Variable = READ [ # Stream ] AS Datatype Variable = READ [ # Stream , ] Length

Reading a specific datatype

The first syntax reads the stream Stream as binary data whose type is specified by the Datatype argument. The binary representation is the one used by the WRITE instruction.

If the stream is not specified, then the standard input is used.

The returned datatype can be one of the following: NULL, Boolean, Byte, Short, Integer, Long, Pointer, Single, Float, Date, String, Variant, any Array, Collection or structure.

When reading a string, the length of the string must precede the string contents in the stream data.

See Binary Data Representation for more information.

Since 3.15
If the Stream.NullTerminatedString property is set, then the length of the string is not read, and the string is read until a null byte is encountered.

If the stream contents cannot be interpreted, an error is raised.

This instruction uses the byte order of the stream to read the data.

Reading any object

Since 3.15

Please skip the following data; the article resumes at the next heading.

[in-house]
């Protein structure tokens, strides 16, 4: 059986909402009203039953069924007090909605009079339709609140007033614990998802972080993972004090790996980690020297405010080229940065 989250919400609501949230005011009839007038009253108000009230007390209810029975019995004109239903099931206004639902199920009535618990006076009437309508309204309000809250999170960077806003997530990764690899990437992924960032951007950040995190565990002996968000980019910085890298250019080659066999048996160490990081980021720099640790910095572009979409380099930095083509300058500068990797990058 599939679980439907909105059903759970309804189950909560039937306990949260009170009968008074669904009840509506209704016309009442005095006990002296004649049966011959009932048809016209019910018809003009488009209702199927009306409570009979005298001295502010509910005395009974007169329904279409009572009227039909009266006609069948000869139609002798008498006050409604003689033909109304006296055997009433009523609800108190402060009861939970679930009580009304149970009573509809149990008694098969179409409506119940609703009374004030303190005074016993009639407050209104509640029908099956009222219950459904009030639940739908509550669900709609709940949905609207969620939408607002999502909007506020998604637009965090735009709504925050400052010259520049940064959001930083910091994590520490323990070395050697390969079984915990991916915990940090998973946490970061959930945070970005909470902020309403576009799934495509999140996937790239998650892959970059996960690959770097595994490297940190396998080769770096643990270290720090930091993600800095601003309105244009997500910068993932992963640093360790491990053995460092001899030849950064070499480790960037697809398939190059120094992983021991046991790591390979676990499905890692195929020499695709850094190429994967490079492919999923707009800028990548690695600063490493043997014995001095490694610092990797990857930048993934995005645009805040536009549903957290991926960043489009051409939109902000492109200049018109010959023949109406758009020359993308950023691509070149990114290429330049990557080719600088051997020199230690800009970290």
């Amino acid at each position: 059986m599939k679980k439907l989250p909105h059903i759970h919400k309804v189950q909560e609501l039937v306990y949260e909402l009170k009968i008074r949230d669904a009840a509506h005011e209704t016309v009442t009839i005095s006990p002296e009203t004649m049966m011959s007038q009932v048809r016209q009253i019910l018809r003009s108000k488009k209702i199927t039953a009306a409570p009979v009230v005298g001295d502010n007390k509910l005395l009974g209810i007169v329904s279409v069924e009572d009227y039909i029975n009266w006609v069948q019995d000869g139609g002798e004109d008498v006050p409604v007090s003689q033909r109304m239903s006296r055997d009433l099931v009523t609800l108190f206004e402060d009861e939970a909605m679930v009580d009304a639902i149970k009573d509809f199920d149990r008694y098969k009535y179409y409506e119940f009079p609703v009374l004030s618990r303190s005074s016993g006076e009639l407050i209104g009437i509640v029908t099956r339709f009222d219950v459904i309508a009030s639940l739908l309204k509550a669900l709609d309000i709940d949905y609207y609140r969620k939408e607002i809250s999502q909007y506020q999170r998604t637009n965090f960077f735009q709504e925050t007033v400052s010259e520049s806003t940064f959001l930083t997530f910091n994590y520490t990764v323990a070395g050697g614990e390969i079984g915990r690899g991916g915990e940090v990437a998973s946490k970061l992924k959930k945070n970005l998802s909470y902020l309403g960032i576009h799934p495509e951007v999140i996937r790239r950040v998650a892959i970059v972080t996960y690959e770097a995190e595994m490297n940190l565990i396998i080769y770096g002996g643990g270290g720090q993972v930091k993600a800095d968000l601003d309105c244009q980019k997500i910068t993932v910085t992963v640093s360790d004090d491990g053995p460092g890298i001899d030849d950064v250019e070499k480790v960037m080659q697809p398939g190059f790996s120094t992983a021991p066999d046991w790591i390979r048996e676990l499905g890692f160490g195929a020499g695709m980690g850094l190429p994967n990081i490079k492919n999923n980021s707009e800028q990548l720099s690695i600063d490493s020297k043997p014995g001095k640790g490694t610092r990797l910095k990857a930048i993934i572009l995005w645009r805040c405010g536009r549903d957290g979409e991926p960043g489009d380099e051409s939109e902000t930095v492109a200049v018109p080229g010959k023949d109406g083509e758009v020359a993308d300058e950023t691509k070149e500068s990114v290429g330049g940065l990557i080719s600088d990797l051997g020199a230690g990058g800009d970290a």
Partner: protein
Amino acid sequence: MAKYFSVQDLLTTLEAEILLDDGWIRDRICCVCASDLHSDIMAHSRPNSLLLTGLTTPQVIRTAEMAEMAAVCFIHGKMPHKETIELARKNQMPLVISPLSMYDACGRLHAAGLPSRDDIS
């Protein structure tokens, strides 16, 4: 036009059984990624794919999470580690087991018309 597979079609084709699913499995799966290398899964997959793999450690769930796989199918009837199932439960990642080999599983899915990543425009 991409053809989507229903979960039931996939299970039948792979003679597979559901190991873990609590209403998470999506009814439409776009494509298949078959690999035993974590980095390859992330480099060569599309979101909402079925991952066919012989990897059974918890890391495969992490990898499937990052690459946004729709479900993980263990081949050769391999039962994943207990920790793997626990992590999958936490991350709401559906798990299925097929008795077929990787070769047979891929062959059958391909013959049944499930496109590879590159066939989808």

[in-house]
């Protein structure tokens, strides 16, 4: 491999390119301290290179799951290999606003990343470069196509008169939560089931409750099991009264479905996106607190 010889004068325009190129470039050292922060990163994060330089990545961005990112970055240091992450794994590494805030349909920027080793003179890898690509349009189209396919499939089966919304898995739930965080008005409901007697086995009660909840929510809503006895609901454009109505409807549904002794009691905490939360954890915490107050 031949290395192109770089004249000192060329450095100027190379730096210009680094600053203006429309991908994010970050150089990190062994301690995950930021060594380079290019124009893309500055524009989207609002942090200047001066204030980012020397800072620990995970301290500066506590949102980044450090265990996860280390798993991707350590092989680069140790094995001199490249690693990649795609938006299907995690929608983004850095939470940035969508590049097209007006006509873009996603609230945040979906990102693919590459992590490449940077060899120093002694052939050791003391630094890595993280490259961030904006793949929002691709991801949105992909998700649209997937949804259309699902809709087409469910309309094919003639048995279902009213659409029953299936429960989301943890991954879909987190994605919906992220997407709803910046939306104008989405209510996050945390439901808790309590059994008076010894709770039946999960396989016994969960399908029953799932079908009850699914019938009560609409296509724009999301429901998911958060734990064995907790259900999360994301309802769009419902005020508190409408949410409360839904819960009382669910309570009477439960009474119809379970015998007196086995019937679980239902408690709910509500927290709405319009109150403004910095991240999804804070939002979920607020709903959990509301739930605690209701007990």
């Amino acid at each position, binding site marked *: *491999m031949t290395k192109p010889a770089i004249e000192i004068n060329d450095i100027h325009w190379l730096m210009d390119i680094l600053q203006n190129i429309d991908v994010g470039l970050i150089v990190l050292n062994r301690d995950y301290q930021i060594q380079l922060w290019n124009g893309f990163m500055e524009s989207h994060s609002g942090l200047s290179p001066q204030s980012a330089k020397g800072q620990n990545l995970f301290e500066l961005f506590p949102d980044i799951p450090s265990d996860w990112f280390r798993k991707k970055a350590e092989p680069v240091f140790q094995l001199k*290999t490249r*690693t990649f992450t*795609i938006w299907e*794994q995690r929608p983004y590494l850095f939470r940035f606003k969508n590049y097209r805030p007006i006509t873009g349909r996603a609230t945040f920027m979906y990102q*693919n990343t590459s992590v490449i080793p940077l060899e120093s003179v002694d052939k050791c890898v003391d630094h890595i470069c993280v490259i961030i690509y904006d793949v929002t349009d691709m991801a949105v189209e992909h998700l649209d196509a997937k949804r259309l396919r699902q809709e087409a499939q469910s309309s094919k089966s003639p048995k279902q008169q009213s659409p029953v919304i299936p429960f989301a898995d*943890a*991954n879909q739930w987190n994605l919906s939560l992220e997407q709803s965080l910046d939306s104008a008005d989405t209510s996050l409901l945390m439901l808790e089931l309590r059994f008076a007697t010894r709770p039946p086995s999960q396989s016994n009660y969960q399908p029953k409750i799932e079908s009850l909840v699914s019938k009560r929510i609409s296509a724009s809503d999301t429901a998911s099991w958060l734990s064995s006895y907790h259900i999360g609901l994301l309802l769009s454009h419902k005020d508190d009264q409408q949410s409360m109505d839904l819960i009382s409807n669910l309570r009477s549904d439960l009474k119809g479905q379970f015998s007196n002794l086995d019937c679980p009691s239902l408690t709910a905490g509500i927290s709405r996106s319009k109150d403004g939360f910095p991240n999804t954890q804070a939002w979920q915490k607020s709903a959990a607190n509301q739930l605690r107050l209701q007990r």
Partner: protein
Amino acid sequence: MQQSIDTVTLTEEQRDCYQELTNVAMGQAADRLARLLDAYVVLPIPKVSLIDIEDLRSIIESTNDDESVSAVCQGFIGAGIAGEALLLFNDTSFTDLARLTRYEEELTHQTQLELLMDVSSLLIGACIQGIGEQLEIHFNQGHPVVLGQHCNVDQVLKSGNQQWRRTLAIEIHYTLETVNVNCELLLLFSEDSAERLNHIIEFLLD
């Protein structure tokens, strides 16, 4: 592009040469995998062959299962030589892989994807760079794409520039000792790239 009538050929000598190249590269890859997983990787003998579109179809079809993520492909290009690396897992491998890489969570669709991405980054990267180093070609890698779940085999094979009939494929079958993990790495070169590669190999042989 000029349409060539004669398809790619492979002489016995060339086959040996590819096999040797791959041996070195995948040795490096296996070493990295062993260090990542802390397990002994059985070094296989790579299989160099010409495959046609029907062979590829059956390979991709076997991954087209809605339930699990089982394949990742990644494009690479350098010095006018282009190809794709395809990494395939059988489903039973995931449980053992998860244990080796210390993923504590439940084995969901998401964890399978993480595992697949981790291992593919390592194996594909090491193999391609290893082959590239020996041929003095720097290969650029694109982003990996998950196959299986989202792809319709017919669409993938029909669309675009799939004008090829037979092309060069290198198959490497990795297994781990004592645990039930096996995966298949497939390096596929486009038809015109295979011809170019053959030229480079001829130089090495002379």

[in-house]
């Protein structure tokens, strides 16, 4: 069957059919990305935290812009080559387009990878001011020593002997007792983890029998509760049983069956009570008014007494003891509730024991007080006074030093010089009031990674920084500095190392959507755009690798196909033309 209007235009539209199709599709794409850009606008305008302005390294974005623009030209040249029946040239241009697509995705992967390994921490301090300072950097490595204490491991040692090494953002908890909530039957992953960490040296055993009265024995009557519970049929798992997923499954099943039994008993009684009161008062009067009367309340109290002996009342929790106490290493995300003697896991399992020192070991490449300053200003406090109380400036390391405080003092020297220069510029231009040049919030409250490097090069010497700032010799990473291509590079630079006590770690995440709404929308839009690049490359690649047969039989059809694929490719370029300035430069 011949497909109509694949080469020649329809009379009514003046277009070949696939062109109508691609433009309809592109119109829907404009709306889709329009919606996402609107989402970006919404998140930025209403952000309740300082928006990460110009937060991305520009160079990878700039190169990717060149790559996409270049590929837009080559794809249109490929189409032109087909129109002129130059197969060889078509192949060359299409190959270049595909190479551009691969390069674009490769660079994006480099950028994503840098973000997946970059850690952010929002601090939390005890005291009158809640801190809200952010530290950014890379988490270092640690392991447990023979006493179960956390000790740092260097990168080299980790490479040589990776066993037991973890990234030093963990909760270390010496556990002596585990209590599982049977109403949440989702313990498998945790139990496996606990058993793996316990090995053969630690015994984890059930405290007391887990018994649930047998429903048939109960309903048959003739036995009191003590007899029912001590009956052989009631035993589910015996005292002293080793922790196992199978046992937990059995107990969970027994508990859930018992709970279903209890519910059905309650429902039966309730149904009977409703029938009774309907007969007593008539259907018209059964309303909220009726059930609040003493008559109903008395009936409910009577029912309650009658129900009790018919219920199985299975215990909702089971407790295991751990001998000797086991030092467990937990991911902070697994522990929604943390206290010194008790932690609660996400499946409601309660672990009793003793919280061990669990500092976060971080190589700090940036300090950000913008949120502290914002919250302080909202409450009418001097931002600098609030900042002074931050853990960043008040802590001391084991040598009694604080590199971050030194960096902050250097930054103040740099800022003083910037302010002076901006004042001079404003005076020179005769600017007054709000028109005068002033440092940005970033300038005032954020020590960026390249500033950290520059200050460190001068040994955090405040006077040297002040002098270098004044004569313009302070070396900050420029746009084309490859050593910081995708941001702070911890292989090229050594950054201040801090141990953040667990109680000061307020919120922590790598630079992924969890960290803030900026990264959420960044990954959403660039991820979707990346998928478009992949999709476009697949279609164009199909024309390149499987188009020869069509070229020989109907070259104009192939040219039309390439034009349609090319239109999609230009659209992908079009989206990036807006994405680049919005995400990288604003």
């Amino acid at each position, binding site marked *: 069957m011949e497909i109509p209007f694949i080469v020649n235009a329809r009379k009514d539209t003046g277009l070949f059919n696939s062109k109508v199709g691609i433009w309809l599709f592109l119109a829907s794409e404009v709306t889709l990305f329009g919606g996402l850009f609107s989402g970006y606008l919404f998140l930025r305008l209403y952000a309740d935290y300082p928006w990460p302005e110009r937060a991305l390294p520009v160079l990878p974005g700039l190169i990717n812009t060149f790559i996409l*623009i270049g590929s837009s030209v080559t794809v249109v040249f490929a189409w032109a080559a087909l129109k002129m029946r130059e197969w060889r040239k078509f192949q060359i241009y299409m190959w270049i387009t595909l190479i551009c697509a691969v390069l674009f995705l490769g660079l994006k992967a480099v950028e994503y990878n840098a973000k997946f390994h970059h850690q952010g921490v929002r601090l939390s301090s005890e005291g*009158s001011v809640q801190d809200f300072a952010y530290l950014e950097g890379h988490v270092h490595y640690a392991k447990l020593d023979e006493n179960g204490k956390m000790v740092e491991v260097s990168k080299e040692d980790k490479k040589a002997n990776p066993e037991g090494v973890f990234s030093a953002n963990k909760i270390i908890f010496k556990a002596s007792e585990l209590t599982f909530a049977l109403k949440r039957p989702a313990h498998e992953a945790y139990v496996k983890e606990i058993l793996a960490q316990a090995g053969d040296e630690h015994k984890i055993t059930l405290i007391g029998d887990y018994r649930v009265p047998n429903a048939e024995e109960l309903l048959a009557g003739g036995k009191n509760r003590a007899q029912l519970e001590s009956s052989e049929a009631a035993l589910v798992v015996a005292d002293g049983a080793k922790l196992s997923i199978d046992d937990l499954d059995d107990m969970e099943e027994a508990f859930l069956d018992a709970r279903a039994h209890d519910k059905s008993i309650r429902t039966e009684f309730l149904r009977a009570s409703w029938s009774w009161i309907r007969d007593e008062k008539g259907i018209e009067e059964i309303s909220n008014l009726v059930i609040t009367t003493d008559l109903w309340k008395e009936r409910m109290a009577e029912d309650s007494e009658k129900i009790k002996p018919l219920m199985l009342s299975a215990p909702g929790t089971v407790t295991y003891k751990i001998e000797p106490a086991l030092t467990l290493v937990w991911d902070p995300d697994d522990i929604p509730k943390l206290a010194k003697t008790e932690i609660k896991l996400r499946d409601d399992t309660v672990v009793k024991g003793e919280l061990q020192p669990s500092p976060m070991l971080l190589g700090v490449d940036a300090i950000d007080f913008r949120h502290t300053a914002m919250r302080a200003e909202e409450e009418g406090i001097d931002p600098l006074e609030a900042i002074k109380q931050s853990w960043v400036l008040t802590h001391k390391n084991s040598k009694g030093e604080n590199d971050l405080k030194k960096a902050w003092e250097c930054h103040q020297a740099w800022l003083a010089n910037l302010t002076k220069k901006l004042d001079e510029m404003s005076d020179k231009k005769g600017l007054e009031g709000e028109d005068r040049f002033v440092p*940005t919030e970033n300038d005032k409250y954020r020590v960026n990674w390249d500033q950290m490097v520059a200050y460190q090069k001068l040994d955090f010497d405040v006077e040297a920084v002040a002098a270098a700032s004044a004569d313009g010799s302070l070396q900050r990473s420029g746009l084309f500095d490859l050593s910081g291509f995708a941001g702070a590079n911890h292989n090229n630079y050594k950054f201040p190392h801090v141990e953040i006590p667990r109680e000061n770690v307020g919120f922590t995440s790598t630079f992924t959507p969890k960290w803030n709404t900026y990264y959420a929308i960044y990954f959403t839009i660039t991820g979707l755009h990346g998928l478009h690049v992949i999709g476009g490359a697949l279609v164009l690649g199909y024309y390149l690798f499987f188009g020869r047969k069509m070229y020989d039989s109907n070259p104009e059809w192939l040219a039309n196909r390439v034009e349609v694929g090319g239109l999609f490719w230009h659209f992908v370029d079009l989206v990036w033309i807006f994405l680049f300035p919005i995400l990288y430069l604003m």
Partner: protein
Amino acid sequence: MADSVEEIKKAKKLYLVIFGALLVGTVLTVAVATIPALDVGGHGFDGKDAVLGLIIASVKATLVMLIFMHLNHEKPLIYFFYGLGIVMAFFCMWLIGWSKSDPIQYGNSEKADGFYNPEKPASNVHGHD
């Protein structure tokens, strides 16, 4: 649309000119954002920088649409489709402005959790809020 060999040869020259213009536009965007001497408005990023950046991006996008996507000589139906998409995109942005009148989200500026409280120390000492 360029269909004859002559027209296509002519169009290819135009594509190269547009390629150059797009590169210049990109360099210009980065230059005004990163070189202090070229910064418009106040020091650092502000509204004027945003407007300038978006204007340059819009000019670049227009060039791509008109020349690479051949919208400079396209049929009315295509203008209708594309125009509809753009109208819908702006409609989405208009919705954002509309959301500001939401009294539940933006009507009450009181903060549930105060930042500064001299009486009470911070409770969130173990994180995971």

Any object can be unserialized, provided that its class implements the _read special method.

If the object has been previously serialized to the stream in the right way, it is rebuild by calling its constructor with no argument, and then the _read method is called.

You read the object by using one of the following syntax:
Object = READ # Stream As ObjectClass Object = READ # Stream As Object Object = READ # Stream As Variant

If you read the object by using 'As Variant' or 'As Object', you have to have written it by using 'As Variant' or 'As Object'.

Because in that case the needed object class name is written to the stream. Otherwise the READ instruction does not have the class name needed to instanciate the object.

Reading the contents of a string

The second syntax reads from the stream Stream a number of bytes specified by the Length argument, and returns it as a string.

If Length is negative, then at most (- Length) bytes are read until the end of the stream.

If the stream is not specified, then the standard input is used.

Compatibility with Gambas 2

WRITE #Stream, Expression writes the binary form of Expression in Gambas 2.0. In Gambas 3.0 it writes Expression as a string.

So you HAVE to check all your WRITE instructions when converting a Gambas project from 2.0 to 3.0, and specified AS Datatype when need.

By default, the compiler supports the old READ syntax, and the old WRITE syntax as it is compatible.

If you want to detect where you should rewrite your READ / WRITE syntax, you can compile your project by hand with the "--no-old-read-write-syntax" flag. Then the Length argument of WRITE becomes mandatory if the second syntax is used.

Using a Pointer as a stream is not possible anymore. Create a memory stream with the OPEN MEMORY instruction instead.

See also